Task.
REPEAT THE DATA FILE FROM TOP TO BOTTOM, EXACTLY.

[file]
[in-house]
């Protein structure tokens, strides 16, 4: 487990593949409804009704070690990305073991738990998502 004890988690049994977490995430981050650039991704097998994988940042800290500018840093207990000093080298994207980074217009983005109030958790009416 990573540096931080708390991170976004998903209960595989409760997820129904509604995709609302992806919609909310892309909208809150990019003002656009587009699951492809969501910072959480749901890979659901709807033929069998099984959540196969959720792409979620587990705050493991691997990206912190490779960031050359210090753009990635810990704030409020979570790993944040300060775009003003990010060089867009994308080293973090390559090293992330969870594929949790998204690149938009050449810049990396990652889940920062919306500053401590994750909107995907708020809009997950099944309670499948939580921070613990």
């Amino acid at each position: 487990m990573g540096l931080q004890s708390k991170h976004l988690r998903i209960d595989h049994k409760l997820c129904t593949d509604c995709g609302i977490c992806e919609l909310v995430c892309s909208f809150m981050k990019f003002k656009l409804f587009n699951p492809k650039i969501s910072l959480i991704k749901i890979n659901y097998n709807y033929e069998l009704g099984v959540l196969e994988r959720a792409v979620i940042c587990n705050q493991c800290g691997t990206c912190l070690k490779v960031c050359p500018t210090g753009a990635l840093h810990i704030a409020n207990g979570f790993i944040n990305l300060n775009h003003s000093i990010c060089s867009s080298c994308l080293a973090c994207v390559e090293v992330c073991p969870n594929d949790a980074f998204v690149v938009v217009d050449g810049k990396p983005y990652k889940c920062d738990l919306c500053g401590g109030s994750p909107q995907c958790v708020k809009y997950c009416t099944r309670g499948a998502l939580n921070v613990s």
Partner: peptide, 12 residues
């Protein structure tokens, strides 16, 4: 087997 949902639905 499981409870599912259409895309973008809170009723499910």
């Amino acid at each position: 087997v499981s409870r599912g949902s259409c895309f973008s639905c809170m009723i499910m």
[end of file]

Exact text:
[in-house]
């Protein structure tokens, strides 16, 4: 487990593949409804009704070690990305073991738990998502 004890988690049994977490995430981050650039991704097998994988940042800290500018840093207990000093080298994207980074217009983005109030958790009416 990573540096931080708390991170976004998903209960595989409760997820129904509604995709609302992806919609909310892309909208809150990019003002656009587009699951492809969501910072959480749901890979659901709807033929069998099984959540196969959720792409979620587990705050493991691997990206912190490779960031050359210090753009990635810990704030409020979570790993944040300060775009003003990010060089867009994308080293973090390559090293992330969870594929949790998204690149938009050449810049990396990652889940920062919306500053401590994750909107995907708020809009997950099944309670499948939580921070613990």
């Amino acid at each position: 487990m990573g540096l931080q004890s708390k991170h976004l988690r998903i209960d595989h049994k409760l997820c129904t593949d509604c995709g609302i977490c992806e919609l909310v995430c892309s909208f809150m981050k990019f003002k656009l409804f587009n699951p492809k650039i969501s910072l959480i991704k749901i890979n659901y097998n709807y033929e069998l009704g099984v959540l196969e994988r959720a792409v979620i940042c587990n705050q493991c800290g691997t990206c912190l070690k490779v960031c050359p500018t210090g753009a990635l840093h810990i704030a409020n207990g979570f790993i944040n990305l300060n775009h003003s000093i990010c060089s867009s080298c994308l080293a973090c994207v390559e090293v992330c073991p969870n594929d949790a980074f998204v690149v938009v217009d050449g810049k990396p983005y990652k889940c920062d738990l919306c500053g401590g109030s994750p909107q995907c958790v708020k809009y997950c009416t099944r309670g499948a998502l939580n921070v613990s």
Partner: peptide, 12 residues
């Protein structure tokens, strides 16, 4: 087997 949902639905 499981409870599912259409895309973008809170009723499910």
């Amino acid at each position: 087997v499981s409870r599912g949902s259409c895309f973008s639905c809170m009723i499910m």